R. leguminosarum and S. meliloti (Tables 1 and 2). We have already established a role for rhamnose catabolism and uptake genes in competition for clover nodulation (Oresnik et al. 1998) while at the same time showing that sorbitol and adonitol catabolism genes appear to be unimportant.

Table 1. Putative catabolic genes on plasmids in R. leguminosarum strain VF39.

Plasmid Approximate size Carbon catabolism genes on plasmid


220 kb

gluconate, malonate, glucuronate


300 kb

glycerol, adonitol*, melibiose


350 kb

alanine, adonitol*, trigonelline, hydroxyproline


500 kb

rhamnose, sorbitol, histidine, serine


600 kb

erythritol, ornithine, citrate, proline

* Only strains cured of both pRleVF39c and pRleVF39d are unable to grow on adonitol, suggesting there are genes for its use on both plasmids

Table 2. C and N utilization genes on plasmid pRmel 021a (pSymA megaplasmid of S. meliloti), determined by comparison of wt with cured strain on BioLog GN and PM1, PM2 and PM3 plates.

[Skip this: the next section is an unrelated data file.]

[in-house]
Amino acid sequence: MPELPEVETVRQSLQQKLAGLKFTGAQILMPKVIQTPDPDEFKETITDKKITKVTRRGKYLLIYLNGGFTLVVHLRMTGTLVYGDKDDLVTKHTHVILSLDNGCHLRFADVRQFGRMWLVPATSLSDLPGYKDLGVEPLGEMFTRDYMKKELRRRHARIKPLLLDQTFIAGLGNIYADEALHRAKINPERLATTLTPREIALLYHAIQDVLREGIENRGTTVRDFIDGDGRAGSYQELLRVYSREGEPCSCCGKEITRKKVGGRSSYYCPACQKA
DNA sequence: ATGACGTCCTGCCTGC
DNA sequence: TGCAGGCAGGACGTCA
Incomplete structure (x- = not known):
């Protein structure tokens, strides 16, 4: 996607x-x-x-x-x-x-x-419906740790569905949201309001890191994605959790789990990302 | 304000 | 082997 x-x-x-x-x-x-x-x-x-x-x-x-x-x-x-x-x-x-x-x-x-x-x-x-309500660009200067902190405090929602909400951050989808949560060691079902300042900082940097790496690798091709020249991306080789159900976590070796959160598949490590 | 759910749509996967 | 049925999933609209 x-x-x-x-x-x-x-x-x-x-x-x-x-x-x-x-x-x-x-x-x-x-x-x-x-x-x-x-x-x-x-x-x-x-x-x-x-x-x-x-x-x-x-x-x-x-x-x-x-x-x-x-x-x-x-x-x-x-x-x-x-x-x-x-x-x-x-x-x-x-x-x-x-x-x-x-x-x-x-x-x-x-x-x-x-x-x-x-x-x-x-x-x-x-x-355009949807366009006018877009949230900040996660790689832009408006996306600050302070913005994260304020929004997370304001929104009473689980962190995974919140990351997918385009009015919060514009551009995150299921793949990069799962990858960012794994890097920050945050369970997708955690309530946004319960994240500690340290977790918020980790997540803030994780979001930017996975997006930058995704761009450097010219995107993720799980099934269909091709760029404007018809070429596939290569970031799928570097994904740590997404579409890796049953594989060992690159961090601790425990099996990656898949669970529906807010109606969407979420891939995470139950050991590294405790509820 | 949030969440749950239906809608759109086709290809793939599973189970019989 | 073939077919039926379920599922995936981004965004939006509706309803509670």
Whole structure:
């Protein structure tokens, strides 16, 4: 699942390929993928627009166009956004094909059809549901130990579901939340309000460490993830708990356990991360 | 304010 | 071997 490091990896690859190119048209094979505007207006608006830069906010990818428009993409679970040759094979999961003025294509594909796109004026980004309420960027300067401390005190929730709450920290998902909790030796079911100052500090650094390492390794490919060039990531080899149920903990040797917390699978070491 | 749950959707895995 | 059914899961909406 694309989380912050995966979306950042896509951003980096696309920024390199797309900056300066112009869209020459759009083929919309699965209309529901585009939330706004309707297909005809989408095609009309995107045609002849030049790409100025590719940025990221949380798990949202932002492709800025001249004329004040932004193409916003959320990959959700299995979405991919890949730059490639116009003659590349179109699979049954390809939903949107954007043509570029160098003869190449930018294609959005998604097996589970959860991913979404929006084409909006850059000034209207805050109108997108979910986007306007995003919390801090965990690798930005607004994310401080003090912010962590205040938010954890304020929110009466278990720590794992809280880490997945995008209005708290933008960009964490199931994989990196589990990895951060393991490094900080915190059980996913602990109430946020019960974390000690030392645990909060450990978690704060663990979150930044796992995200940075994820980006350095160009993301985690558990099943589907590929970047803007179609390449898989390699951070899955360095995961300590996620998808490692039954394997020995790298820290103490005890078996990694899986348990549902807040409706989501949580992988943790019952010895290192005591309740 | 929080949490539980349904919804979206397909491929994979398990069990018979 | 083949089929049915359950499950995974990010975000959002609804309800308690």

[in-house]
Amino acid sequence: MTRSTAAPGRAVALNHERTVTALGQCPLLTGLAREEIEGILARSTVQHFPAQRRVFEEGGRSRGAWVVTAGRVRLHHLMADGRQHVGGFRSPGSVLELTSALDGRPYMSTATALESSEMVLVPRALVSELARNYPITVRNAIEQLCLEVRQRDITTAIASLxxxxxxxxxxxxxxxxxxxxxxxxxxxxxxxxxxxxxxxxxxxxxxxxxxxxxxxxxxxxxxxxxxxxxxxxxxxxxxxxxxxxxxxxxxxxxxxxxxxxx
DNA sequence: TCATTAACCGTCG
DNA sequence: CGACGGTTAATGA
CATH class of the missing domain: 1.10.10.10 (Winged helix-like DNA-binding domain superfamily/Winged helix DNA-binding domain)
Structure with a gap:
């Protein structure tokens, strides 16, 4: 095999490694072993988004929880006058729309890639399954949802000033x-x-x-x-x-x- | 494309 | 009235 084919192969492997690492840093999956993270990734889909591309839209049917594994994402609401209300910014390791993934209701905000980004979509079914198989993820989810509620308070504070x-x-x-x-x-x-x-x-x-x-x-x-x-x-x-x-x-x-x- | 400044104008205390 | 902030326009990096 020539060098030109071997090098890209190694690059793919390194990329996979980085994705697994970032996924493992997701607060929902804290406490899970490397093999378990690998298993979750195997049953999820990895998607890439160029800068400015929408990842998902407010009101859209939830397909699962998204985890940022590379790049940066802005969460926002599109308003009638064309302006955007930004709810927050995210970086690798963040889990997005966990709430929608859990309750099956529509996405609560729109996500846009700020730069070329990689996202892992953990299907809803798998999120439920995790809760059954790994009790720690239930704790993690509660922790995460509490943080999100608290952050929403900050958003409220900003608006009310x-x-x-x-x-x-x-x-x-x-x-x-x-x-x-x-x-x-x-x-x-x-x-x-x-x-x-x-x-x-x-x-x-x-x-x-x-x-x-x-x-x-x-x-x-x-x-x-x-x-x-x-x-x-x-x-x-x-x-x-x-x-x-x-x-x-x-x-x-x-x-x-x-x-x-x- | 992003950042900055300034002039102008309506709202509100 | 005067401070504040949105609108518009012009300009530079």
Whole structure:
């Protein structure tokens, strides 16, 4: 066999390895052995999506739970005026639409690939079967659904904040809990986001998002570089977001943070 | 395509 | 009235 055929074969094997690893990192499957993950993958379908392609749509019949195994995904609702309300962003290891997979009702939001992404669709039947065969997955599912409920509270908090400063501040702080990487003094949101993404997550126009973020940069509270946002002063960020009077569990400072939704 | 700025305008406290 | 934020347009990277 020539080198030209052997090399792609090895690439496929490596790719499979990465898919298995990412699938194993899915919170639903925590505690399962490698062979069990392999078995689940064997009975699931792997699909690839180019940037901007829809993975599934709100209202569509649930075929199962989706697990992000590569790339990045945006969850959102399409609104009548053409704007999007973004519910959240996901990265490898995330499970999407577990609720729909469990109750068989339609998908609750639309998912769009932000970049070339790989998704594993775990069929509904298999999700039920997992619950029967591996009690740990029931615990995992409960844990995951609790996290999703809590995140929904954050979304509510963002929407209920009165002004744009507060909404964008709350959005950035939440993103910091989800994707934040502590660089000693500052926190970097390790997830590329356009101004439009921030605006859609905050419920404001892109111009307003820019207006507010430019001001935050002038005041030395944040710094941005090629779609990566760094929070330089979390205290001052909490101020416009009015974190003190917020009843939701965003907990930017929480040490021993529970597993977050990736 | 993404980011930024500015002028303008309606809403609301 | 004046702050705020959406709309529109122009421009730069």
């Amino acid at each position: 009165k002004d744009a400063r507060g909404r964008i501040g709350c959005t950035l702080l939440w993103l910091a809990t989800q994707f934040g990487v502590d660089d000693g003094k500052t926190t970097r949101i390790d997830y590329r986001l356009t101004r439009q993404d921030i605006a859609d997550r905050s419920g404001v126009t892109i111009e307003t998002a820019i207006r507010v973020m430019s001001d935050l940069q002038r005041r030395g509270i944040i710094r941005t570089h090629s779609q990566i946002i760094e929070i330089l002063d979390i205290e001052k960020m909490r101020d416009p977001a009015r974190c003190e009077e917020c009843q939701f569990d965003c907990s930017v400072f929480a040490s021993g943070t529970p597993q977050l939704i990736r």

Carbon utilization genes: lyxose, psicose, acetate, acetoacetate, propionate, gluconate, arabinose, arbutin, sorbose, allose, lactate, xylitol, lactate, serine, alanine, gamma aminobutyrate, arginine, leucine, valine

Nitrogen utilization genes: adenosine, xanthine, cytidine, guanine, thymidine alanine, serine, valine, arginine, ammonium, various dipeptides

An alternative approach to looking for catabolic genes important in the soil and rhizosphere is to look for genes induced by root exudates, or by specific compounds known to be abundant in the rhizosphere and plant root. We have generated several banks of mutants made with different promoter probe transposons in order to screen for inducible genes. One such mutant library was made with Tn5B22 (Simon et al. 1989), which generates lacZ fusions. This library was examined by plating on various media with X-gal, for transposons located in genes, which were induced by a variety of substrates, including arabinose. One arabinose inducible fusion turned out to be located in the malate synthase gene of R. leguminosarum VF39. This gene is homologous to the E. coli malate synthase G gene, and in addition to being strongly induced by arabinose, is inducible by glycolate and glyoxylate. It appears to be required for symbiotic nitrogen fixation on peas.